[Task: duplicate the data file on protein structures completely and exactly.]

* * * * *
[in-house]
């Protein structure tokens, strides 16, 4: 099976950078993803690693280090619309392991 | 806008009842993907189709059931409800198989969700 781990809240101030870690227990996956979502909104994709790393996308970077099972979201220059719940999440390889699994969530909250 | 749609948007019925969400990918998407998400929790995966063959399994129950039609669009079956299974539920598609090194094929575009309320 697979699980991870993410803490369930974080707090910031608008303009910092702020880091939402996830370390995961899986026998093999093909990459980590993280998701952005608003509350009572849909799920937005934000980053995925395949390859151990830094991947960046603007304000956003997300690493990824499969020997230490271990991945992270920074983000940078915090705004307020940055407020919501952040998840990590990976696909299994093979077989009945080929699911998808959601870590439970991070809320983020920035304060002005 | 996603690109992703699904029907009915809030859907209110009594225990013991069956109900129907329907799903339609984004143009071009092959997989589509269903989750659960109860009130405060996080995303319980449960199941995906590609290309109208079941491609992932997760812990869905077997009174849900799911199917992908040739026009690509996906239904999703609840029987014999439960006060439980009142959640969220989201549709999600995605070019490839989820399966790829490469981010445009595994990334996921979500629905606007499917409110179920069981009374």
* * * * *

[in-house]
């Protein structure tokens, strides 16, 4: 099976950078993803690693280090619309392991 | 806008009842993907189709059931409800198989969700 781990809240101030870690227990996956979502909104994709790393996308970077099972979201220059719940999440390889699994969530909250 | 749609948007019925969400990918998407998400929790995966063959399994129950039609669009079956299974539920598609090194094929575009309320 697979699980991870993410803490369930974080707090910031608008303009910092702020880091939402996830370390995961899986026998093999093909990459980590993280998701952005608003509350009572849909799920937005934000980053995925395949390859151990830094991947960046603007304000956003997300690493990824499969020997230490271990991945992270920074983000940078915090705004307020940055407020919501952040998840990590990976696909299994093979077989009945080929699911998808959601870590439970991070809320983020920035304060002005 | 996603690109992703699904029907009915809030859907209110009594225990013991069956109900129907329907799903339609984004143009071009092959997989589509269903989750659960109860009130405060996080995303319980449960199941995906590609290309109208079941491609992932997760812990869905077997009174849900799911199917992908040739026009690509996906239904999703609840029987014999439960006060439980009142959640969220989201549709999600995605070019490839989820399966790829490469981010445009595994990334996921979500629905606007499917409110179920069981009374």